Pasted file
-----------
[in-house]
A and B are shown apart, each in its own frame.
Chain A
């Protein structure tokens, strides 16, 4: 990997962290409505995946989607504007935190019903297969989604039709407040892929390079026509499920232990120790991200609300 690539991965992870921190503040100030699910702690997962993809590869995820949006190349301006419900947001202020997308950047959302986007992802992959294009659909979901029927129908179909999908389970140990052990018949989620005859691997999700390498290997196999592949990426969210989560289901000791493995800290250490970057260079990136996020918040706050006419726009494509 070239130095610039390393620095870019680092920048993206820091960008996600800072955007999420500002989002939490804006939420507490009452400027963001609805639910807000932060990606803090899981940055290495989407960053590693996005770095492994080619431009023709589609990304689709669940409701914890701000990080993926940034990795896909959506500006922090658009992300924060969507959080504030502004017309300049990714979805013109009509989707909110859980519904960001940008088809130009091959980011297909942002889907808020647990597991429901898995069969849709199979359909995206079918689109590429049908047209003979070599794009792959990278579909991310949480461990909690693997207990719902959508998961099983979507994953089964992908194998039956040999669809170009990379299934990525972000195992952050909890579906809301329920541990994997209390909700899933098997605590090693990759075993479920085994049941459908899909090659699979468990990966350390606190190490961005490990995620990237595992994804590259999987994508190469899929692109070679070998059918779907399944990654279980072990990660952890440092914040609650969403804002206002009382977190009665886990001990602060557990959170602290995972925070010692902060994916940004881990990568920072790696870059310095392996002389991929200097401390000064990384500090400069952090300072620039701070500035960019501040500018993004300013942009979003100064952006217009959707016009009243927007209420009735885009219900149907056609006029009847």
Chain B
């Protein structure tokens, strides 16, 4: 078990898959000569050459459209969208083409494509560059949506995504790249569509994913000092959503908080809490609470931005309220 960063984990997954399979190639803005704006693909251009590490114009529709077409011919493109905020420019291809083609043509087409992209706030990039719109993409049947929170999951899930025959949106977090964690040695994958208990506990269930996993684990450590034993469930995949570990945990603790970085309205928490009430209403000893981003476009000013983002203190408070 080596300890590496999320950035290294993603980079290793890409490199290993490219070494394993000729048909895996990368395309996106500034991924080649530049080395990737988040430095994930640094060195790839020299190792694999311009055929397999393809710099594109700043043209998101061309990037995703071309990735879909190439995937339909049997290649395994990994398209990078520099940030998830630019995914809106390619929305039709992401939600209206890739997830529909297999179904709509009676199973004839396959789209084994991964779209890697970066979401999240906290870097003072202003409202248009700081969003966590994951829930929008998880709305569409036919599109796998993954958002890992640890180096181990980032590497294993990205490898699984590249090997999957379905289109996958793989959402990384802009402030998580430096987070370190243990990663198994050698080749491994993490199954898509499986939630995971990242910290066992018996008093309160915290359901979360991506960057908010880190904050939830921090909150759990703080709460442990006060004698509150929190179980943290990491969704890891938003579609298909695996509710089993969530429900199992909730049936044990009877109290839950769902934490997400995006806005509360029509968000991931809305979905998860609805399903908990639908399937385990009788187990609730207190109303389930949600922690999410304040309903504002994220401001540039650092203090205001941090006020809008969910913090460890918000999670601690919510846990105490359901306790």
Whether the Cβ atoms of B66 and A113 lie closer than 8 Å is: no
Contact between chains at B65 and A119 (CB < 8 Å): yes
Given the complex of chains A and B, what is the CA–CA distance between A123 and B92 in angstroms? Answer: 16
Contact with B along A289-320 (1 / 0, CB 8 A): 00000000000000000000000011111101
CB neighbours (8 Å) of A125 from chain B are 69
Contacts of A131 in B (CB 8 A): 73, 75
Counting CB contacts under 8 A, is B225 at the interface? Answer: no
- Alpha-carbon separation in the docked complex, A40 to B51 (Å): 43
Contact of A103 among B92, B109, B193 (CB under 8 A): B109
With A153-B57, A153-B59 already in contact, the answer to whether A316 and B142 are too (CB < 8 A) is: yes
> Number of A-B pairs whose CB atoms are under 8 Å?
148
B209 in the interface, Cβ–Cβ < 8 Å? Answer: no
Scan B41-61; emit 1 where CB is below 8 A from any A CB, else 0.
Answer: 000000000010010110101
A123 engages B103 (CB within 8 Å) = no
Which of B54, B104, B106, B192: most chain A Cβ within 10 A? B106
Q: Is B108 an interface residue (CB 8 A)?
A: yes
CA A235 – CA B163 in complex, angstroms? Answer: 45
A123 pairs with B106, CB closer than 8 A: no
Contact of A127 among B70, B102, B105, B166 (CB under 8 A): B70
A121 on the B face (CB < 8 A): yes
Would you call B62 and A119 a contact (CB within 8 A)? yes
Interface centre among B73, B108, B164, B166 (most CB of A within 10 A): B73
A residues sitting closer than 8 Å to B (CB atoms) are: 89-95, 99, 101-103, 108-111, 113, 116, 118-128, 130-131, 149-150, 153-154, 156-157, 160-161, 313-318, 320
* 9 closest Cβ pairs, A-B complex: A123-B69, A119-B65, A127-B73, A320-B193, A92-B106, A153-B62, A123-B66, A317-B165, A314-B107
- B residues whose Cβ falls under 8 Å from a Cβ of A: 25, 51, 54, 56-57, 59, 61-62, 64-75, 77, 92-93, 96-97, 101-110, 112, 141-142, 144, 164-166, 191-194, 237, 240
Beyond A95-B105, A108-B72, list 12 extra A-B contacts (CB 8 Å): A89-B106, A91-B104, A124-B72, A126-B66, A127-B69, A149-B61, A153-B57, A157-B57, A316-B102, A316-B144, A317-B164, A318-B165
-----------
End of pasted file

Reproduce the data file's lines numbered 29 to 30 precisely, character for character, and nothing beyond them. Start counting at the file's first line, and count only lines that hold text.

A121 on the B face (CB < 8 A): yes
Would you call B62 and A119 a contact (CB within 8 A)? yes